Thousands of people die every year from treatable conditions because they are black and the cost to the health care system of allowing this is more than $1 trillion, Dayna Bowen Matthews of the University of Virginia Law School and author of the book “Achieving Just Medicine” told a packed house at Southern Oregon University on Monday night.
Her presentation, part of the Race Awareness Week series of events coordinated by the university’s Multicultural Resource Center, included the number 84,000 as the death toll of being black. This is how many “extra” people of color die of treatable conditions such as cancer and heart disease from a failure to diagnose sooner. “For every disease category that you can think of we saw unequal outcomes for people of color,” Matthews said. “Treatment and outcomes are not equal.”
Black women are twice as likely to lose a baby to death as compared to white women. Education and income are not factors in this. “Middle income black women will still lose babies twice as often as a white woman living below the poverty line. There is something pernicious. I contend it is due to unconscious bias.”
The author was brought in as a guest of the Oregon State University School of Nursing housed on the SOU campus to discuss her research on the social determents of health. It’s a body of work which looks at issues of race, gender and poverty and the impacts of bias on short and long term health.
Matthews holds a Juris Doctorate and was a practicing attorney working in the fields of social justice when she began to see the factors that impact people of color such as environment, healthcare and criminal justice attitudes and norms.
She worked in Flint, Michigan, where lead flows through the water pipes affected thousands of residents. The problem first showed up in 2014 and the water remains undrinkable today. Flint is 56 percent black. Many of the people who live there are below the poverty line. “80 percent of public housing is built on Superfund Clean up sites,” Matthews told the 400 or so people in the Rogue River Room in Stevenson Union. “You’ve got to be screening (patients medically) for social needs and connecting them to decent housing and food.”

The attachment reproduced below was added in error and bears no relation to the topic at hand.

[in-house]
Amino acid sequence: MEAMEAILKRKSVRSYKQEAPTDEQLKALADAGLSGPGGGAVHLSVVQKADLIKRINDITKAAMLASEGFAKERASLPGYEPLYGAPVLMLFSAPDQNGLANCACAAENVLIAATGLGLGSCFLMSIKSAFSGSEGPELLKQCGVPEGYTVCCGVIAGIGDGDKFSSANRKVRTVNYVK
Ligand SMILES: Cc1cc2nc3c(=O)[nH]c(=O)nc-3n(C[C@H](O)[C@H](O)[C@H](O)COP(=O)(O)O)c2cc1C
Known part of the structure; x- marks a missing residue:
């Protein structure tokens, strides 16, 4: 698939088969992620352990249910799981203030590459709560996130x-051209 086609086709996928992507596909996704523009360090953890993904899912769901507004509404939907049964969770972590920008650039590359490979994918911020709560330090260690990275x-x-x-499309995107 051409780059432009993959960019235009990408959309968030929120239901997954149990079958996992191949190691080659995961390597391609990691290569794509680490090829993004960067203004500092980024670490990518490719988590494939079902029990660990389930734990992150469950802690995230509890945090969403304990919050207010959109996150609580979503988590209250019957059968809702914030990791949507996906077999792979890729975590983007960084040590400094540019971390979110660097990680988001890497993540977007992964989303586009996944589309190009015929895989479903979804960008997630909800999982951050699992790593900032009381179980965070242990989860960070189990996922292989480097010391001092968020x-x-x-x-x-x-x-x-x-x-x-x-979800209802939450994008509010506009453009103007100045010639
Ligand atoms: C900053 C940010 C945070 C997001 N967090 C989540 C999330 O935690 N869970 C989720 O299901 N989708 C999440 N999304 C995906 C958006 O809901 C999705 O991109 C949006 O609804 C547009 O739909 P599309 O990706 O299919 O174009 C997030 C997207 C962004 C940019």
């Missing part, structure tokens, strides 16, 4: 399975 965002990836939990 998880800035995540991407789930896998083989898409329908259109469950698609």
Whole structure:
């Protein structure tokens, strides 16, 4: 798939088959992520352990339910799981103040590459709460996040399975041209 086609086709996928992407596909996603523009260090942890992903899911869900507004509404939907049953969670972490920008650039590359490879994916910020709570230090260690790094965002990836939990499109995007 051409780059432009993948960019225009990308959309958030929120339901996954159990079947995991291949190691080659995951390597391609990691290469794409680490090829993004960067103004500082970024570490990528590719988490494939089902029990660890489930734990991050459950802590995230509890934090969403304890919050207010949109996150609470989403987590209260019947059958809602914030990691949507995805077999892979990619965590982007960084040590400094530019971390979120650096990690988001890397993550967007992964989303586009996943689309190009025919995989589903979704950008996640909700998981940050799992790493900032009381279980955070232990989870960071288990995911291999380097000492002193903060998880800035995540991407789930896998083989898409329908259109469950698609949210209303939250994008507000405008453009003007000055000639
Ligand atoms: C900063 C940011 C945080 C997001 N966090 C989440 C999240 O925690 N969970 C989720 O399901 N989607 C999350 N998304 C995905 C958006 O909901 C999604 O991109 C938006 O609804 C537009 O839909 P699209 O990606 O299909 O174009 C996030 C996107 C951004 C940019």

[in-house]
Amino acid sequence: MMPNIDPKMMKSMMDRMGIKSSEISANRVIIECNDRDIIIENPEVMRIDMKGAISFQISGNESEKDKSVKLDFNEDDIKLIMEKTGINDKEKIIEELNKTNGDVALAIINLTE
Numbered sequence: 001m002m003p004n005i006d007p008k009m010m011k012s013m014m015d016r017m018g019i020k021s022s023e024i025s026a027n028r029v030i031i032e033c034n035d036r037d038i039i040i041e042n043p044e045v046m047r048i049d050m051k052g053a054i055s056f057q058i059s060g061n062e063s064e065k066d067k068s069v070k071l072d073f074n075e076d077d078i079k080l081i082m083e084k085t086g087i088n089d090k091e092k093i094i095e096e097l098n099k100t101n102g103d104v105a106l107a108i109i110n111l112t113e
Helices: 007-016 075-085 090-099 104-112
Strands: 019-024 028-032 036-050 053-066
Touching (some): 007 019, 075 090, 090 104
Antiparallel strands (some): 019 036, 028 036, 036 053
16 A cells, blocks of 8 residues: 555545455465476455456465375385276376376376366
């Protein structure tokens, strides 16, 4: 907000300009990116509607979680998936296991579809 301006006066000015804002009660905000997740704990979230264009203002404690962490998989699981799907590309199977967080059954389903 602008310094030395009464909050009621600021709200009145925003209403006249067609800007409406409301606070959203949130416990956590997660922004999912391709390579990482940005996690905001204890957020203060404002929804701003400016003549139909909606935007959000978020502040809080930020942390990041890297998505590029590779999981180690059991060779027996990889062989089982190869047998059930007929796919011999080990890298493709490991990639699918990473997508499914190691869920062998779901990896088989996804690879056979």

She expressly discussed the fact that the rise of people spending more than half their income on housing is also affecting health. “When people have to spend that much money on rent they have to cut back on other things. They go without good food.”
Matthews offered implicit bias as the major cause of poor outcomes for people of color. “Implicit bias will override your better self. It’s not the same as racism, but it can have the same impact.” Her work focuses on how implicit bias, which is an unconscious way of thinking which categorizes people based on experience, can be dangerous since many people are not aware they have it.
She used herself as an example. “I am one of the few people, less than 2 percent, who has a black bias. I grew up in a segregated neighborhood until I was in the fourth grade. All the people I knew who were kind and helpful were black.”